Welcome to SEARCA Knowledge Center on Climate Change Adaptation in Agriculture and Natural Resource Management in Southeast Asia (KC3)

Indonesia

Published on 22 June 2017
Pasijah (45), sits inside her house submerged by rising sea levels at Bedono village, Indonesia. Pasijah, with her family has been twelve years living in her flooded home, she can not leave her house because she has no money to move to another place. Villagers cross the bridge at the land which has been sinking below sea level at Bedono village, Indonesia. Karimah (52)…
Published on 22 June 2017
JAKARTA - Expanding aquaculture in South-East Asia over the last two decades has been the main driver of mangrove loss in the world, says a study published in PLOS One this month (June).The study, conducted by a team of scientists at Global Mangrove Watch (GMW), mapped the distribution and changes of mangrove ecosystems in the world during 1996 — 2010 using satellite imagery. The team…
Published on 22 June 2017
“[The lawsuit] goes against the constitution’s mandate to guarantee for the nation a good and healthy environment,” said Nur Hidayati, executive director of the Indonesian Forum for the Environment (WALHI). The group had filed to intervene in the case along with other NGOs. The business groups — GAPKI and the Indonesian Association of Forestry Concessionaires (APHI) — had sought to achieve two policy objectives. To…
Published on 22 June 2017
The ambassadors visited Kalla to ensure Indonesia’s commitment to the Paris Accord and follow up the climate change mitigation action plan. According to Kalla, Indonesia’s commitment to Paris Agreement remains unchanged although US President Donald Trump decided to withdraw from the accord. Even without the US, Kalla believes that there will be issues with the Paris Accord implementation “in terms of carbon trading and others.”…
Published on 15 June 2017
Other factors affecting the country's coral reefs include destructive fishing activities using explosives, water pollution, and development activities in the coastal areas. Based on data from verification and analyses conducted in 108 locations and 1,064 stations across the Indonesian waters, 6.39 per cent of the country's coral reefs are in excellent condition, 23.40 per cent in good condition, 35.06 per cent in moderate condition, and…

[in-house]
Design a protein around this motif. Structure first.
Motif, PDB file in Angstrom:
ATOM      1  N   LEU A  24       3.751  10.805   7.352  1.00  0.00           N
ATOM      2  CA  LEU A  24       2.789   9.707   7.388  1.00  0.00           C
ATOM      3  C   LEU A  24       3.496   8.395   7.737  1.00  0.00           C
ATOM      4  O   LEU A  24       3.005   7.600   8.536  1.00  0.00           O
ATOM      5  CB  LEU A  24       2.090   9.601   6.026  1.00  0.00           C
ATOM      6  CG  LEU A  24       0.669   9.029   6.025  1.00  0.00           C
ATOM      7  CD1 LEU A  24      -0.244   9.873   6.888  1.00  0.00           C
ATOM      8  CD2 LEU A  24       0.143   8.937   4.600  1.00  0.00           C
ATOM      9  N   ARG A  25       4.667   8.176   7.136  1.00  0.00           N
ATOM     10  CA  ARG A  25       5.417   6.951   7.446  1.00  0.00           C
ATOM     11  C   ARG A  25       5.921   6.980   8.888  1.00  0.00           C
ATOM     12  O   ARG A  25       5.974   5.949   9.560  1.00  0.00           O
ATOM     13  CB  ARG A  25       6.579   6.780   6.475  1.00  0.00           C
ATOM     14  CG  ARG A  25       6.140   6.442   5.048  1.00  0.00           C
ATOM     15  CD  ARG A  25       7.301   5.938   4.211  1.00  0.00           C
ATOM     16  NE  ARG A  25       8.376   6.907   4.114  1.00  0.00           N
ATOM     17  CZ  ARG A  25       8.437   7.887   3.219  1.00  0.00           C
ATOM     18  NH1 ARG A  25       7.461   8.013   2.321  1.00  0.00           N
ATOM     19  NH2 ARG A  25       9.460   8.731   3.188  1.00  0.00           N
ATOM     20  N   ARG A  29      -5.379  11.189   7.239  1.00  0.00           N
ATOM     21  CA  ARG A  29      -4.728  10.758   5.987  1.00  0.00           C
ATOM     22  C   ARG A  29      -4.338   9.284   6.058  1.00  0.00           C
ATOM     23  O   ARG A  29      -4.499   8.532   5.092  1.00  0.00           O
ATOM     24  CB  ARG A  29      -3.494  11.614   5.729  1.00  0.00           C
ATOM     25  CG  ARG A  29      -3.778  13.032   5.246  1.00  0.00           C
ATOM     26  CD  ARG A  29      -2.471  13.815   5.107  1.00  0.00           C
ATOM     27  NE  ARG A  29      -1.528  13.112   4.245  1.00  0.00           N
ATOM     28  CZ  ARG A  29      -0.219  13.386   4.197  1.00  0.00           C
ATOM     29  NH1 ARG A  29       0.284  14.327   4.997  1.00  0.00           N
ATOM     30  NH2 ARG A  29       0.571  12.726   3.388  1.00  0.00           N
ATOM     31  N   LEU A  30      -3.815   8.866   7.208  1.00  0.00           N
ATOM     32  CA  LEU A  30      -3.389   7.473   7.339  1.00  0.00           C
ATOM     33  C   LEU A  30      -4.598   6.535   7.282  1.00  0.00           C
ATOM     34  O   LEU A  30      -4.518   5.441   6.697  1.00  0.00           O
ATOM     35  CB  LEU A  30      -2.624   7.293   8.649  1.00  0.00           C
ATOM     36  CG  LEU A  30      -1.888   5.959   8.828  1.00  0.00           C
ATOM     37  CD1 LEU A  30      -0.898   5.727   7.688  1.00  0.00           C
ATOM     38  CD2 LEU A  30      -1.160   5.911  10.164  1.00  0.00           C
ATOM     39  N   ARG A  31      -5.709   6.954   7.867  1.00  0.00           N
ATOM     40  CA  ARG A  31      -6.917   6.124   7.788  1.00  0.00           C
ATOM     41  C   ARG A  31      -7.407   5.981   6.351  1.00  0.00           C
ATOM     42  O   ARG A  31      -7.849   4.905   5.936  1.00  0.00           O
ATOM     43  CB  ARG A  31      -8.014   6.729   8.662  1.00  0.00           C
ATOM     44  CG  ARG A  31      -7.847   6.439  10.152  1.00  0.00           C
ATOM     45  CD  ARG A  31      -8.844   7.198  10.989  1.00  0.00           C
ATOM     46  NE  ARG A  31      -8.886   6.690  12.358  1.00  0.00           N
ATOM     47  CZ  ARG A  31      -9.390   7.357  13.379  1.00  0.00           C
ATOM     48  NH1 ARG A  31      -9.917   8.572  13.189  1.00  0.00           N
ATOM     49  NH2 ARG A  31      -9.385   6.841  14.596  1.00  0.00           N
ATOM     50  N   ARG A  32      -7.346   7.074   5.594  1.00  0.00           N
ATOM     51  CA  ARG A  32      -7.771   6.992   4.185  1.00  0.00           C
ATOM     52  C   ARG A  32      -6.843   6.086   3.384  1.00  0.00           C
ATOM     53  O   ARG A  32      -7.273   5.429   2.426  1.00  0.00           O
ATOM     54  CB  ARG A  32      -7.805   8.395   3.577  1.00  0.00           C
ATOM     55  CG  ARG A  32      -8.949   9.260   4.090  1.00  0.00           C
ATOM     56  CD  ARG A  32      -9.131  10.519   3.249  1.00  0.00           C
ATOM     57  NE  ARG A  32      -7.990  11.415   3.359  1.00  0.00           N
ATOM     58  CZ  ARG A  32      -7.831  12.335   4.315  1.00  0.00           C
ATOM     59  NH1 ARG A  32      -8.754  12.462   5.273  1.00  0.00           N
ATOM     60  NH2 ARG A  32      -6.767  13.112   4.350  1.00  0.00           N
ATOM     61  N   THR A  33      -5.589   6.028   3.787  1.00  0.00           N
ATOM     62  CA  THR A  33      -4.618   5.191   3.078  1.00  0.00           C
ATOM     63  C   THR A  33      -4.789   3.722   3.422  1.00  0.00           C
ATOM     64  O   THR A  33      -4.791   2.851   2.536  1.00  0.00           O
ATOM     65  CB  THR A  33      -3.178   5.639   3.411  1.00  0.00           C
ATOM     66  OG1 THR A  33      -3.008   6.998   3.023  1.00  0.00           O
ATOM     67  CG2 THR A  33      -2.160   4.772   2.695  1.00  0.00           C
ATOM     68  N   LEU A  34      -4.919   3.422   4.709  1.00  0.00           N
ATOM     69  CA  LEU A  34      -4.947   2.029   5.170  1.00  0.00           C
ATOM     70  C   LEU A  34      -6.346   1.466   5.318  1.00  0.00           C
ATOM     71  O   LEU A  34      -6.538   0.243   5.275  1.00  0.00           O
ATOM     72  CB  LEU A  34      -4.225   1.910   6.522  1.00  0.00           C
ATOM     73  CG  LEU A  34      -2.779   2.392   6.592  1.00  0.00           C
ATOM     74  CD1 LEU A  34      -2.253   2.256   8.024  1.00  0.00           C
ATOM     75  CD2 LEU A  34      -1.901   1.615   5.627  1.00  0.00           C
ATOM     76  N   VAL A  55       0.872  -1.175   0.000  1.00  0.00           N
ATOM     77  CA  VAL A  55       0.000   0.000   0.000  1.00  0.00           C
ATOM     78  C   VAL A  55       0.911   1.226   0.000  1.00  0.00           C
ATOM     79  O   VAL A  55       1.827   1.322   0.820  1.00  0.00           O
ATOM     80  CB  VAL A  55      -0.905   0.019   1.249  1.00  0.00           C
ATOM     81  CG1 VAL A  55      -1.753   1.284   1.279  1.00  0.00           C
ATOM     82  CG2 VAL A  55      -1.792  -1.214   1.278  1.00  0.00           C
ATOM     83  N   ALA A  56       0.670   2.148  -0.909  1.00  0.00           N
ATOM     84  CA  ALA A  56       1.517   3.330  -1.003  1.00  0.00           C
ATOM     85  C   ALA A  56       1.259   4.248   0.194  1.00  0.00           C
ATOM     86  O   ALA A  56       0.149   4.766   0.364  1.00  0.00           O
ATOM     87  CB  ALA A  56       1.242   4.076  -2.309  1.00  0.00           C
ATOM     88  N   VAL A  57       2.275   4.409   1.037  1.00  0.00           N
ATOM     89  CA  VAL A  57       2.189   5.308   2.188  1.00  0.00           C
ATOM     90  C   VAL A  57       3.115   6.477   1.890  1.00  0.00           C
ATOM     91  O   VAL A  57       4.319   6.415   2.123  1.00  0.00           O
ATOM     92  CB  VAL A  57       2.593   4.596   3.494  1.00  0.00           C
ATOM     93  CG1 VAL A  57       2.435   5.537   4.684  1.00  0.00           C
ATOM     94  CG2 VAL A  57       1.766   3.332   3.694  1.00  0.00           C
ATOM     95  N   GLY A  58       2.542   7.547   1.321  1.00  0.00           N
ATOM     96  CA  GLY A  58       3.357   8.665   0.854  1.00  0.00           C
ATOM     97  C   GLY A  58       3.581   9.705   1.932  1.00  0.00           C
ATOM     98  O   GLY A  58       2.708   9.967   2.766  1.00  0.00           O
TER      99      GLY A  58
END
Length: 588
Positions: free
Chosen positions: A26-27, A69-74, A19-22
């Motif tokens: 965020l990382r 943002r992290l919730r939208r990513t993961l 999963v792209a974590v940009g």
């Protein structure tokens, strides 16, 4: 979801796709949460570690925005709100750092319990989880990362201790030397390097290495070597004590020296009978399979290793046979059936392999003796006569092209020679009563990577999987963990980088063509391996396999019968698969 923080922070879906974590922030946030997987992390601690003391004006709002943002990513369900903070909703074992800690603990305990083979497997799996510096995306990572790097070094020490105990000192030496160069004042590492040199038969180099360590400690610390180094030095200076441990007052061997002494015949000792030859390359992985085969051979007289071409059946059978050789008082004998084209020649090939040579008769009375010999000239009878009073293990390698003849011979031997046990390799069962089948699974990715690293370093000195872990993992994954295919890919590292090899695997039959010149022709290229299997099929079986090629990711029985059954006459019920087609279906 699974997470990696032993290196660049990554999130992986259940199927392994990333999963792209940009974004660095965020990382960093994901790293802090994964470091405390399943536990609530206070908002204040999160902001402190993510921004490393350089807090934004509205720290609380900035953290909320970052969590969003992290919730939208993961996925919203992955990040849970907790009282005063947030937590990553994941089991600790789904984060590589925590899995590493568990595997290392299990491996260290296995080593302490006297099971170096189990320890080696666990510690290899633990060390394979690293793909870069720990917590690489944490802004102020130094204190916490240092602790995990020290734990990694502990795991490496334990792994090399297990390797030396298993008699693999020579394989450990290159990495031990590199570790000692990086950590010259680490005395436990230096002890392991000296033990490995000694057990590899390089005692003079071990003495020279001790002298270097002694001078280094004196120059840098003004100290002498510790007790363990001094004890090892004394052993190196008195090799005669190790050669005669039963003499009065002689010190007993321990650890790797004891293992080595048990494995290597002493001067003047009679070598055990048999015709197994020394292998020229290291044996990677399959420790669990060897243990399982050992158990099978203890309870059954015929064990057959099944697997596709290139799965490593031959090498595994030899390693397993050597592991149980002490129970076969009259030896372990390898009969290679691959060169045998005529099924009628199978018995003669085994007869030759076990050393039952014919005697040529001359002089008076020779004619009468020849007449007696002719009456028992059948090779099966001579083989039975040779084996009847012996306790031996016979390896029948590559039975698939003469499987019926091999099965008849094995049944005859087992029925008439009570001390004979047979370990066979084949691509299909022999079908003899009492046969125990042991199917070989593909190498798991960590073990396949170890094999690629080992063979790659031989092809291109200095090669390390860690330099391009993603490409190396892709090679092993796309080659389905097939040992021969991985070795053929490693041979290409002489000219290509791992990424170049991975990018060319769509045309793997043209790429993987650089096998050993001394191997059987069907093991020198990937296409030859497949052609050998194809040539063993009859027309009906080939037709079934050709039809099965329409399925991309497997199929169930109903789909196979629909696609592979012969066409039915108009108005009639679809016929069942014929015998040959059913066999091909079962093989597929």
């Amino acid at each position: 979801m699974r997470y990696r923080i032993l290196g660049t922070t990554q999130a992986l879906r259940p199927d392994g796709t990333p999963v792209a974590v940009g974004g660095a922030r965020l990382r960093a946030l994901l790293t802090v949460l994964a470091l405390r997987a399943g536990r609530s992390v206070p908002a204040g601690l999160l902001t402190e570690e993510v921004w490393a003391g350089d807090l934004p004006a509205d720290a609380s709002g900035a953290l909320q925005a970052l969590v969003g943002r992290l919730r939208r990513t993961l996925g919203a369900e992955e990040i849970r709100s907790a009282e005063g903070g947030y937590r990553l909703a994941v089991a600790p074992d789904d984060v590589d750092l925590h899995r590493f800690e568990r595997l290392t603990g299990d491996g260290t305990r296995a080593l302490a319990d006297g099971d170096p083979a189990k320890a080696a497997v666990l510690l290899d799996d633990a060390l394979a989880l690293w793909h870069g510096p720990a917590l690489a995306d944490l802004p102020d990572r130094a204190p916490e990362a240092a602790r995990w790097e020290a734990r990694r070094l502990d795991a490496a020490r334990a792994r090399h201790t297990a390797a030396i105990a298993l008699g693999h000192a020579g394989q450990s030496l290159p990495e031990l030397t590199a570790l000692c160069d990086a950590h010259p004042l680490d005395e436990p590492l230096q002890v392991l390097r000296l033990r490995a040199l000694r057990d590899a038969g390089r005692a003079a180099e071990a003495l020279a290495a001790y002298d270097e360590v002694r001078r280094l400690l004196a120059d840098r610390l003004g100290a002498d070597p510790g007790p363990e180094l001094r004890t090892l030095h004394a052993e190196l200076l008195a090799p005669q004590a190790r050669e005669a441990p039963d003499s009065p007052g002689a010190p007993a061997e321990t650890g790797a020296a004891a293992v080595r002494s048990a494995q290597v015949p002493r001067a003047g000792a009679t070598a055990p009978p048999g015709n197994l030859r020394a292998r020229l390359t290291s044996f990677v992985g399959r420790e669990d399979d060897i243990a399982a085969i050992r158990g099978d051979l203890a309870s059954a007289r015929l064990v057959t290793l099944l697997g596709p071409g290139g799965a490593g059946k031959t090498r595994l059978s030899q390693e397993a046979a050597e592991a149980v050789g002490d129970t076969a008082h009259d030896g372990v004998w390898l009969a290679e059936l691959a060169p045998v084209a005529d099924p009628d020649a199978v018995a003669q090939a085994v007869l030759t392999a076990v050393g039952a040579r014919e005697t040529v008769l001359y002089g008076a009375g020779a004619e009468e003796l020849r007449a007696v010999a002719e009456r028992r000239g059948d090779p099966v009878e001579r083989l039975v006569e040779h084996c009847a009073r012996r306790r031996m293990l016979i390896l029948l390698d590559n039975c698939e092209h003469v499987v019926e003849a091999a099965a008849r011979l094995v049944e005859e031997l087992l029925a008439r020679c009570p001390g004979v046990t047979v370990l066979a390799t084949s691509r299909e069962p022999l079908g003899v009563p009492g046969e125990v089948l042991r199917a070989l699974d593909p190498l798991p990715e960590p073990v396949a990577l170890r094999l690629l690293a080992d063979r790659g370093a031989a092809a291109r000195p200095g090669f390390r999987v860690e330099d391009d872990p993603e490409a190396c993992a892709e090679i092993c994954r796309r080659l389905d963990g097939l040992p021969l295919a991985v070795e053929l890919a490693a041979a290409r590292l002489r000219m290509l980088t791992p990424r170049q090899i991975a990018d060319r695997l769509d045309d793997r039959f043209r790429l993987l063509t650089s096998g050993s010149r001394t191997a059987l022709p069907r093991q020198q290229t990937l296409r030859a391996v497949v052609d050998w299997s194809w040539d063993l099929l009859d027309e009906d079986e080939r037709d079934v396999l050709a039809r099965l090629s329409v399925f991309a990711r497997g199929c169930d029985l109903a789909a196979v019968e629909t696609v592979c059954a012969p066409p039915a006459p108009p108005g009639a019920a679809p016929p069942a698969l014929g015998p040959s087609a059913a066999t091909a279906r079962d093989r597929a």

Published on 15 June 2017
“If we can change the incentives and the way financing for energy works in those six countries, we can potentially have a huge impact on how much carbon we put in the air. We call this our ‘following the carbon’ initiative. We have to make progress in these six countries,” Kim said during the Spring Meetings on Thursday. Those countries are known to contribute significant…
Published on 9 June 2017
The protest was carried out on Wednesday. Didit said the United States was the second largest contributor to gas emissions after China, adding industries in United States were even the largest emitters from the 1850s or the era of Industrial Revolution until 2010. The United States would play a serious role hampering the global efforts to check rising global heat, he said, adding the policy…
Published on 6 June 2017
"In the end, successful and continuous peatlands conservation relies on each sector’s willingness to acquire new knowledge and collaborate." Joiada Cruzate, SciDev.Net Most of Indonesia’s peatlands have been drained to develop plantations and agricultural fields. Whether by big corporations or small-scale farmers, these activities are behind the forest fires that have become a seasonal phenomenon. But what could grow in infertile, carbon-rich and waterlogged soil…
Published on 5 June 2017
Better diets Conservation agriculture is being adopted in other places, including Siberia which has millions of hectares of degraded cropland and Canada, where crop rotation has added organic nitrogen to the soil and broken cycles of pests and diseases. In Indonesia, growing nutritious plants as cover crops has improved the diets of Pemongkong villagers, with many now eating long beans, soya beans and mung beans…
Published on 23 May 2017
Obviously, current agriculture fires on peatlands in the Indonesian archipelago do not fall in this category. They cause, in order of importance, health disasters, displacement of people, food production issues, business disruptions, land degradation, climate impact, political turmoil, and upset international relations. Clearly, hoses and water bombing are not going to make a key difference to put out the fires (rains will be needed), and…